What feeling do you want a person to leave with once they’ve had the experience of using Idoru?
To be able to see yourself as who you know yourself to be, full and complete, can be incredibly empowering. We hope our users are able to craft that vision of themselves within Idoru. Much of what we’re building ties back to mental health, so we’ve developed a framework to measure the long-term mental health effects of digital identity along with an advisory board of leaders in this space to help guide it.
Without divulging too much, where do you see Idoru in the future?
For the time being Idoru is focused on the self, so in the immediate future we’ll be introducing assisted mobility options, more hair styles and more fashion partnerships, along with additional means of content creation that are a lot of fun. Looking a little further out, we’re currently building off our team’s background in AR and machine learning to enable you to interact with friends in ways we think will really surprise and inspire you.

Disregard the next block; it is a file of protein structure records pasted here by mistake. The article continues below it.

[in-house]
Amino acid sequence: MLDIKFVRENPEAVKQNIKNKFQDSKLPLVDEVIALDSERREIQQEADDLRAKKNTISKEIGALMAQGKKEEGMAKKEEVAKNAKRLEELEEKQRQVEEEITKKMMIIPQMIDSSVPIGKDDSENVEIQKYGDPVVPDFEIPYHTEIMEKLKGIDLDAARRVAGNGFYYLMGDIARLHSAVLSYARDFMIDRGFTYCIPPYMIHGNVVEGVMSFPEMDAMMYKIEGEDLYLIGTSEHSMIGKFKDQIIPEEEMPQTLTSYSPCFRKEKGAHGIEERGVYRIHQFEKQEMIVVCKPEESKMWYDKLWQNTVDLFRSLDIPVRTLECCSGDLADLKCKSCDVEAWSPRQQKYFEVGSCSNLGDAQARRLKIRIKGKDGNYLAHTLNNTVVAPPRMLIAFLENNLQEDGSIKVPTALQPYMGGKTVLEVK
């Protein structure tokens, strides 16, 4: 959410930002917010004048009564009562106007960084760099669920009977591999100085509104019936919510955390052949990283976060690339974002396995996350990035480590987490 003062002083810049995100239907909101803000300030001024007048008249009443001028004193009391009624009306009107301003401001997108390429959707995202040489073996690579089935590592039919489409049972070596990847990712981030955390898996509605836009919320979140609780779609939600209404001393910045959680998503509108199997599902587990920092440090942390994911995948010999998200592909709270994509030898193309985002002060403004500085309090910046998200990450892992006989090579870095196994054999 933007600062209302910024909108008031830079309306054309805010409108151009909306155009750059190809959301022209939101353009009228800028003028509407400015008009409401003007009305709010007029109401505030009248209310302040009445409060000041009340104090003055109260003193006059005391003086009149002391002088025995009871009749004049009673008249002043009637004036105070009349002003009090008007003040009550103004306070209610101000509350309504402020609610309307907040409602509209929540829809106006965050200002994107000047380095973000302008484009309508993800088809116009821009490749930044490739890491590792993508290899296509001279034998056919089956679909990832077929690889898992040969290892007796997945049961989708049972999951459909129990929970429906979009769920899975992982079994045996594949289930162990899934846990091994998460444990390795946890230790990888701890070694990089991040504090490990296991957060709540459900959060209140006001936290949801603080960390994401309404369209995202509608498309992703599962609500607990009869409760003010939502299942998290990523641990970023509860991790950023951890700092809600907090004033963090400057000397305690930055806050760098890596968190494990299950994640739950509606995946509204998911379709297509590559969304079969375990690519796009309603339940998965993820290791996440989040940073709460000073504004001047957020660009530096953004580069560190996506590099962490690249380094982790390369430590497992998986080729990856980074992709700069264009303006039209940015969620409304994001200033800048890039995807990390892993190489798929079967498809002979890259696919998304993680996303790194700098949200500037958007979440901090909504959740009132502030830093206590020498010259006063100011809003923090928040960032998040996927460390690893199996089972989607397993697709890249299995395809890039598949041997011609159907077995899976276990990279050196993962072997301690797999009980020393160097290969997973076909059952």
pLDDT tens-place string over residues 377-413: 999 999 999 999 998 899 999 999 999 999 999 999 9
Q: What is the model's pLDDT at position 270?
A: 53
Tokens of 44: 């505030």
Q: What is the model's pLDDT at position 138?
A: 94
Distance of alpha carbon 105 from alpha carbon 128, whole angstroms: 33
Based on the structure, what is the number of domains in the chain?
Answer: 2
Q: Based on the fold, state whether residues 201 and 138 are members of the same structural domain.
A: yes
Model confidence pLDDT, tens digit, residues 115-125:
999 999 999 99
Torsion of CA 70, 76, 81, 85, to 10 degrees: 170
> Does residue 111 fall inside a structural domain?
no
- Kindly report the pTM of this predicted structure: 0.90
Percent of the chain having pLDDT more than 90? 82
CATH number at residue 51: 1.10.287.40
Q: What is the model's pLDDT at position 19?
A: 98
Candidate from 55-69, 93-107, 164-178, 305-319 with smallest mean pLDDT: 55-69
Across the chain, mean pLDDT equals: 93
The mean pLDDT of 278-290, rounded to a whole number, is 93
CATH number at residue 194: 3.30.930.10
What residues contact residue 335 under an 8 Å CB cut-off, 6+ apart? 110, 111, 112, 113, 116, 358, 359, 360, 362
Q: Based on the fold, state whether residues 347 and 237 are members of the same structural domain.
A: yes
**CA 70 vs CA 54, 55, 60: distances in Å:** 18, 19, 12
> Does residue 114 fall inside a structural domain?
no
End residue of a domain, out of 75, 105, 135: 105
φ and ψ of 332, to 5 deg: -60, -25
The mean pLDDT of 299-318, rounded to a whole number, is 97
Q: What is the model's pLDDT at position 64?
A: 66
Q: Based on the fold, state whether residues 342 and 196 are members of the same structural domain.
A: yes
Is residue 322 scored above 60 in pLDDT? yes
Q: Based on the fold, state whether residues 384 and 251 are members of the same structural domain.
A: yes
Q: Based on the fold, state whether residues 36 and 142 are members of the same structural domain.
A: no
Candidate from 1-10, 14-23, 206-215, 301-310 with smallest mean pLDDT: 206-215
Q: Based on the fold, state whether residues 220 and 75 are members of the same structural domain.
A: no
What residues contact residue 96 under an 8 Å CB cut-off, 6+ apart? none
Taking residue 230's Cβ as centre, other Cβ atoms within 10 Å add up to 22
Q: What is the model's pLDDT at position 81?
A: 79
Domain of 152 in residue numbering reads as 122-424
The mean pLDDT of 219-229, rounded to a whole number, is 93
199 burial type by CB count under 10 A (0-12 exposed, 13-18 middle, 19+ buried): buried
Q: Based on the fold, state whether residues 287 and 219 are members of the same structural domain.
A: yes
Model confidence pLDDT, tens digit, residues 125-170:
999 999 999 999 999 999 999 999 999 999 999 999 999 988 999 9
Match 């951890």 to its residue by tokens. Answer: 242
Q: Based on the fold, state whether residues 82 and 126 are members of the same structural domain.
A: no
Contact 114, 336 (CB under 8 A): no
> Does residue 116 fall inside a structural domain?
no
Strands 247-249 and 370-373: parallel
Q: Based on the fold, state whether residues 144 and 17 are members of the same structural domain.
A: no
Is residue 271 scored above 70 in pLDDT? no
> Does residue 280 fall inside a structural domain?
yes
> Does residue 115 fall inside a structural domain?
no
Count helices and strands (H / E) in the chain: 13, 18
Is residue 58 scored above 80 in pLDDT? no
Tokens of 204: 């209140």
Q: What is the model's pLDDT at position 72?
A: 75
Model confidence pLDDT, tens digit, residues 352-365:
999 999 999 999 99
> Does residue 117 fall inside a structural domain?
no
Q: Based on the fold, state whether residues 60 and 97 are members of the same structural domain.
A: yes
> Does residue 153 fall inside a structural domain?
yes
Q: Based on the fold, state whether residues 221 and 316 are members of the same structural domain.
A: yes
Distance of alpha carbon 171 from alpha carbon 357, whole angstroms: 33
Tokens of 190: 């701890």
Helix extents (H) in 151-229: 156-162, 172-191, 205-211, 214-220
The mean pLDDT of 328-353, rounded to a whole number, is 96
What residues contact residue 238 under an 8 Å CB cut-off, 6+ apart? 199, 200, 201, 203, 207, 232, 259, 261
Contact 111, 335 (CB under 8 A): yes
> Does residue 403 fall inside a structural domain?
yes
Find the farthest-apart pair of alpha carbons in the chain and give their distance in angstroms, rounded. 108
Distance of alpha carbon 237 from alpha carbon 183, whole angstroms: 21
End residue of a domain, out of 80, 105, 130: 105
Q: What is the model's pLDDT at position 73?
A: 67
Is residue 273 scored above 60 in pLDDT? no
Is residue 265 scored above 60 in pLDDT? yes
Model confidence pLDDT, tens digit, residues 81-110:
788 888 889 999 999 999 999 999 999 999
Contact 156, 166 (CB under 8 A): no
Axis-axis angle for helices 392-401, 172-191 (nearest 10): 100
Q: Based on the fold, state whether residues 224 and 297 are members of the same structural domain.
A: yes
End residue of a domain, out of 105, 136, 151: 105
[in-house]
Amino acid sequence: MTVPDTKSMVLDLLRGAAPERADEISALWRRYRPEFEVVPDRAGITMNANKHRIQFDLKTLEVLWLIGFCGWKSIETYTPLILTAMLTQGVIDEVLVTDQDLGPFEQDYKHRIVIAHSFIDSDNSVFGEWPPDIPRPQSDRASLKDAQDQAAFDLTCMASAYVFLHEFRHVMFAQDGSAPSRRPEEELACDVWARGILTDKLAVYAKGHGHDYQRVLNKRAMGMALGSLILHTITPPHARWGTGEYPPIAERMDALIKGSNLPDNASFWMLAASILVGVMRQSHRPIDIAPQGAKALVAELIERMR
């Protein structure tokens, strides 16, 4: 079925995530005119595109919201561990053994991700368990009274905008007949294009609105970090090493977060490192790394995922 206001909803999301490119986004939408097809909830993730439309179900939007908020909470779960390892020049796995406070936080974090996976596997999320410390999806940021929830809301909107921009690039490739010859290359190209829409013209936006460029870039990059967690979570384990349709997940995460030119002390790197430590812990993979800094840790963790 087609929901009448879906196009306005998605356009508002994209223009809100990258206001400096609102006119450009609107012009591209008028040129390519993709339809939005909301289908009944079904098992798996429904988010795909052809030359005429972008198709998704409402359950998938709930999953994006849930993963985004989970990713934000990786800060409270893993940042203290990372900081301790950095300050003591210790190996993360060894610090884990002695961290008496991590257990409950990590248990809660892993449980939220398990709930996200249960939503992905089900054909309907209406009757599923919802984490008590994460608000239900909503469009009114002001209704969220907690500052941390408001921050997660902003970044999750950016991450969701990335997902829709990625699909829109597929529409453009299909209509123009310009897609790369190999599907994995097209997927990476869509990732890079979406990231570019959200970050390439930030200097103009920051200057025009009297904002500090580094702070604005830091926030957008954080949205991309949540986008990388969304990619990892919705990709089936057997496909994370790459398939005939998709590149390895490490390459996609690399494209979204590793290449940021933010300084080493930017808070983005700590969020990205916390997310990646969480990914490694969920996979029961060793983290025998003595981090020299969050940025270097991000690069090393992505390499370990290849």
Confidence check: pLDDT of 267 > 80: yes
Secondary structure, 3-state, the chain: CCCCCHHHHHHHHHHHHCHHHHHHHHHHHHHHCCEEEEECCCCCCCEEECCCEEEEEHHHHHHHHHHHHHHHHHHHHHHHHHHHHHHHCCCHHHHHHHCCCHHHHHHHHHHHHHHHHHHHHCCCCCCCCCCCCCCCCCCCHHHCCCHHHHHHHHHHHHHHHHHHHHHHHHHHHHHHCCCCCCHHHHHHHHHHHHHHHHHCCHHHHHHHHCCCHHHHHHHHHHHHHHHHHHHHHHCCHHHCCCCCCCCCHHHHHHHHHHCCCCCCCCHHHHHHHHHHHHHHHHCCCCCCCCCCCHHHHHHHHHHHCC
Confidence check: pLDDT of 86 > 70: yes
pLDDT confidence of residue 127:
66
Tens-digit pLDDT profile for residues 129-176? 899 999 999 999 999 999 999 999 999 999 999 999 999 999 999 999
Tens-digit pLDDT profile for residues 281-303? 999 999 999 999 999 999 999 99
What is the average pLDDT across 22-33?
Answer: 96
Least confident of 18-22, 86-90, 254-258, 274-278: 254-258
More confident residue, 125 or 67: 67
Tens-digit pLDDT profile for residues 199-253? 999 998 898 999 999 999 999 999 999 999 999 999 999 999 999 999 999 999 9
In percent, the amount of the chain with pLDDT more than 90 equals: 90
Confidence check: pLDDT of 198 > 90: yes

What sort of challenges excite you the most in this industry?
Perhaps our biggest challenge is on changing people’s perception of the digital world—the instinct of the entire industry over the last few years has been to lock it down, introduce scarcity and charge you for entry, when it’s amazing promise is that it’s free, open and infinite.
Where can one get involved and experience using the app?
We love connecting with folks who are interested in what we’re building and the space! The AFROPUNK community can reach us all over the internet. Our beta is in the App Store now and will be available on Google Play very soon (sign up here to stay in the loop). When you post your digital-self, tag us so we can see what you make!